Ringing in the new business as usual

It's time to look forward.

Last year — Trailer/Body Builders' 50th year of covering the commercial truck and trailer industry — was a great time to look back at the rich history of our past. After all, the present wasn't just a whole lot of fun for most of us during 2009. And especially in the first half of last year, the future was cloudy at best.

But our anniversary year is behind us, and as we talk with many of you, you are telling us that the recession is behind us, too.

Does that mean a boom is just around the corner? No. Does that mean that we can go back to doing things the way we did a couple of years ago? Not a chance. Now that there is no business as usual, we can't help but ask ourselves what business will look like in 2010. We are convinced that our industry is on the way to recovery, but we are also convinced that it will be a long time before we have boom times.

This past year has brought permanent changes to the structure of our industry. As we start a new year, it's appropriate to ask where are we now and where we are going.

To get a better idea, we spoke to a range of individuals who represent each major facet of our industry.

Let's start with the present. What are the key issues facing the industry in 2010? Here are the concepts our respondents cited most frequently:

  • Credit

    As in you can't get it. Despite the fact that the federal government has poured billions of tax dollars into the financial markets, lending institutions aren't lending all that frequently. Rather than loaning money, they are shoring up balance sheets and making sure that the risky behavior that exacerbated America's financial convulsions is not repeated anytime soon. How? By making it extremely difficult for customers to buy — even those with strong balance sheets. The effects of tight credit are cutting across all segments of the industry — manufacturers, trailer dealers, truck equipment distributors, and their would-be customers.

  • The economy

    Like a crime victim who has been assaulted and battered, the consumer is still not sure if it's safe to go out yet. They are convinced that the assailant is still in the neighborhood and that he might come back. And to a great extent, they are correct. Much of what is wrong with the economy has not yet been apprehended.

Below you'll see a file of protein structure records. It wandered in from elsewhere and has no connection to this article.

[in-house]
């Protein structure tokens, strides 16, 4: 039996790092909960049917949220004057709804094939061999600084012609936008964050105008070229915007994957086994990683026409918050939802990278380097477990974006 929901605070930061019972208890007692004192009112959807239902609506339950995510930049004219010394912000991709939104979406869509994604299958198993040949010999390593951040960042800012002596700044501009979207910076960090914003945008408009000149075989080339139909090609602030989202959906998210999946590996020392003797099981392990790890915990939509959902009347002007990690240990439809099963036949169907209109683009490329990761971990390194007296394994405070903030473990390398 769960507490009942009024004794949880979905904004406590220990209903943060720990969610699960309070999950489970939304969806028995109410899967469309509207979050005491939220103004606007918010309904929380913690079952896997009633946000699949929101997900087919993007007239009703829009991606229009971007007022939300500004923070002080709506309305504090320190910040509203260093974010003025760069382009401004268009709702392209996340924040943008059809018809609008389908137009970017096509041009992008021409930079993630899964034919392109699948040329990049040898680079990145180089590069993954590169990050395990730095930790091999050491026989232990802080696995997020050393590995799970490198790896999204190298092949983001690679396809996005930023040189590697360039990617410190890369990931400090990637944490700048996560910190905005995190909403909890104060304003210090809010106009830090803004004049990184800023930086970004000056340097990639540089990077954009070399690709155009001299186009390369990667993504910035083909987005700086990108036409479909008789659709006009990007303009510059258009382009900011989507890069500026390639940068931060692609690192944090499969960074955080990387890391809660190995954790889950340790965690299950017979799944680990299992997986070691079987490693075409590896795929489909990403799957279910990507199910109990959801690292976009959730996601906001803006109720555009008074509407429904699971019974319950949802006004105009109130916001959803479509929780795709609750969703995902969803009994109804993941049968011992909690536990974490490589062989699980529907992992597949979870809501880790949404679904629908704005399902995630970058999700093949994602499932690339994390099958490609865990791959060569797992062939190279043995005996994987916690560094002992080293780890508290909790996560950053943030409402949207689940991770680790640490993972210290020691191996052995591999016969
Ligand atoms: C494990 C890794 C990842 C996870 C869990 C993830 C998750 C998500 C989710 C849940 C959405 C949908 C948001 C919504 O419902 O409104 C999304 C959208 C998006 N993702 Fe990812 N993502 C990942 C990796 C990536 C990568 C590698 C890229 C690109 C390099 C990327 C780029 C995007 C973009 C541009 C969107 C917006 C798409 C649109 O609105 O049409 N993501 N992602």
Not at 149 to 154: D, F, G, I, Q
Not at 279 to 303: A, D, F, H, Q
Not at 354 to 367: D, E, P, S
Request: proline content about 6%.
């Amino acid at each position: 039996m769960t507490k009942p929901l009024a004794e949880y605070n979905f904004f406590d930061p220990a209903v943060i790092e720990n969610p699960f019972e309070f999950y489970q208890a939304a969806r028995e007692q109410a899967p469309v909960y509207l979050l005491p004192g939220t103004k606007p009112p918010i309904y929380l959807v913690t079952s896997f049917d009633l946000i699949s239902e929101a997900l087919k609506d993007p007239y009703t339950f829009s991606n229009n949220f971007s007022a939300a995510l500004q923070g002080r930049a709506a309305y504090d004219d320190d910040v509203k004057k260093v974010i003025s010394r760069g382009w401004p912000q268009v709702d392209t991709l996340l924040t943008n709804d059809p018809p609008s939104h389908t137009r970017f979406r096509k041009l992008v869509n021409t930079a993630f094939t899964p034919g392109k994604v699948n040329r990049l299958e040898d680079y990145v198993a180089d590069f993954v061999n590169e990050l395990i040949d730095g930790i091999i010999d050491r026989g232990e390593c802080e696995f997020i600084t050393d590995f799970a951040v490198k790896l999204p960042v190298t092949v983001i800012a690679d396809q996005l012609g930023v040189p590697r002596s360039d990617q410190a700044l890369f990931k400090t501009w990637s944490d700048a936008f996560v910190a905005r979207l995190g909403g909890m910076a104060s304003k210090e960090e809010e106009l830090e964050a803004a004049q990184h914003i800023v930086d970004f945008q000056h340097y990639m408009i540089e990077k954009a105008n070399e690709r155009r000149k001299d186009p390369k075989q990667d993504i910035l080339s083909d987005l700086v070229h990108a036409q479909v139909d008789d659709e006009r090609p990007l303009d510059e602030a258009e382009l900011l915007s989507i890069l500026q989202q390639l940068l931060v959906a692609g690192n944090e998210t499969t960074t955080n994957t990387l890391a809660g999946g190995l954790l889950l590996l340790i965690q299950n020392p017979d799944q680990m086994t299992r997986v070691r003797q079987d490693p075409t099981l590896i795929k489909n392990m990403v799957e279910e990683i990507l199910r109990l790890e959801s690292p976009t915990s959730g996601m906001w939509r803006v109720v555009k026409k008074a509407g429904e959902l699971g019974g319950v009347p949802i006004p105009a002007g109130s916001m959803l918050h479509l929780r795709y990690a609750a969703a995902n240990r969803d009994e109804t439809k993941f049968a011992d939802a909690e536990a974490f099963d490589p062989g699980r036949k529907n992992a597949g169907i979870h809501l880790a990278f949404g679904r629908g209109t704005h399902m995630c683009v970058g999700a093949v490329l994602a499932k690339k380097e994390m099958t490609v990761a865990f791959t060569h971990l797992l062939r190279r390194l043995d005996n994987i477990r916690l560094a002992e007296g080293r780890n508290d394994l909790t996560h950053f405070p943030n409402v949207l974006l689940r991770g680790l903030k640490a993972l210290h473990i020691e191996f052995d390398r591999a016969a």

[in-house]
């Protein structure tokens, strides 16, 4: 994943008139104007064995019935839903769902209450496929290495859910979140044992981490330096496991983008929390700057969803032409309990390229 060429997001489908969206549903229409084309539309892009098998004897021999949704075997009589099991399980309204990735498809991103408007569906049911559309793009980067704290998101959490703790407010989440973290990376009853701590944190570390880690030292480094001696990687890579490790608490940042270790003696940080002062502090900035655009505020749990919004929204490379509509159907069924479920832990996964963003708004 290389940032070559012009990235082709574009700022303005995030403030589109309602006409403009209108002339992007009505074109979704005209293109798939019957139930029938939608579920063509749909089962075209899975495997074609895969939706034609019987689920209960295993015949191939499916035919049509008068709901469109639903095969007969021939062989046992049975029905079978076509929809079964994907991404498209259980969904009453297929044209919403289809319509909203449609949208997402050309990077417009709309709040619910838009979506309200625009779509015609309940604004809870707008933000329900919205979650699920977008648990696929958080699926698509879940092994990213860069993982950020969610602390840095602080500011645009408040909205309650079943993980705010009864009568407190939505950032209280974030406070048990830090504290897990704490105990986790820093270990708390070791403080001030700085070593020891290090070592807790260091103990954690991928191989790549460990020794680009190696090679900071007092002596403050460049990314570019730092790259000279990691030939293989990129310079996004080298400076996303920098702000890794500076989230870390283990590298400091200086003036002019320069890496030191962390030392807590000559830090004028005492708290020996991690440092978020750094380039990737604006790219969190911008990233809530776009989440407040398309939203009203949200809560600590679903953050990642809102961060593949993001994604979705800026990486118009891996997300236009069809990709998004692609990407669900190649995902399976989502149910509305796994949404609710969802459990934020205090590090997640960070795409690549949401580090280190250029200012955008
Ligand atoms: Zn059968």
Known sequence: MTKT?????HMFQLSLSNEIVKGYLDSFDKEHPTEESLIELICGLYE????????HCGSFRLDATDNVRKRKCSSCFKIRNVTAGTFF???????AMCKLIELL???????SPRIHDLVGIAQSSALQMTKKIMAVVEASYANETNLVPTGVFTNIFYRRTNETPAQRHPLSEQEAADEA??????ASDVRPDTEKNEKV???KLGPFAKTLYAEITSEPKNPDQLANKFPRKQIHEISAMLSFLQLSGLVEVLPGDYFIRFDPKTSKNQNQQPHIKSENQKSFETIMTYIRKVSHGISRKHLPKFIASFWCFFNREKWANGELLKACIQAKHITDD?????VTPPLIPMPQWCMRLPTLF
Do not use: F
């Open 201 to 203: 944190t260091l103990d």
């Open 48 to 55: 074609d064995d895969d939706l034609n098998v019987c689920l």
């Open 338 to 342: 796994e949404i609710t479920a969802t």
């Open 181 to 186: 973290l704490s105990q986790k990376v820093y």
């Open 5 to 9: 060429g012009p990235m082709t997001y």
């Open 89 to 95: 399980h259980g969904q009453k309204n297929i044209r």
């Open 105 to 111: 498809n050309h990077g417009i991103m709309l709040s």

• Cutthroat competition

    Ours is a competitive industry. But knives and scissors really fly when the size of the pie shrinks to half its size. Your competitor isn't just the guy on your left or right. It can be your supplier or even your customer.

Okay, that is a brief summary of the feedback we received on the present state of the industry. What does the future hold? The outlook of our respondents was tempered. We found no unqualified optimism, but there seems to be a guarded sense that we are on our way to a brighter tomorrow. Here are some of the factors that may shape our industry:

  • Regulations

    Regulators in Washington have been relatively dormant in recent years, but that is changing. Our industry appears to be bracing for a string of new regulations that will have significant impact on the nation in general and our industry in particular. Beyond simply affecting the ability of customers to buy trucks and trailers, these regulations — directly or indirectly — may dictate how trucks and trailers are designed and how they are equipped.

  • International trade

    Ours has become a global market, both in terms of completed vehicles and component parts. While the industry in general believes this dynamic will continue, there is also the sense that the trend could reverse, bringing more jobs back to North America.

  • Economic outlook

    Those we contacted seem to be convinced that the industry has seen the worst. The question now is how quickly we will recover and to what extent. The consensus is that the recovery will be slow and that it will be years before we will approach the prosperity we enjoyed a few years ago.

  • Market structure

    The toughest downturn we personally have experienced brought irreversible changes throughout the industry. Some of our customers are gone. Major truck brands no longer exist. Numerous truck dealers are out of business — but then again, so are some competitors.

So what's next? There is widespread agreement that we have weathered the worst of the recession. But there is also agreement that our industry will not be enjoying record production anytime soon. The good news is that we made changes in our companies last year. They now run smarter and leaner than ever before. To the extent that we can continue to apply the lessons we learned when we were at the bottom, there's no reason we can't post decent profits as we take the long journey back to the top.

Agree or disagree? Make your voice heard by visiting trailer-bodybuilders.com and clicking on “Contact Us.”

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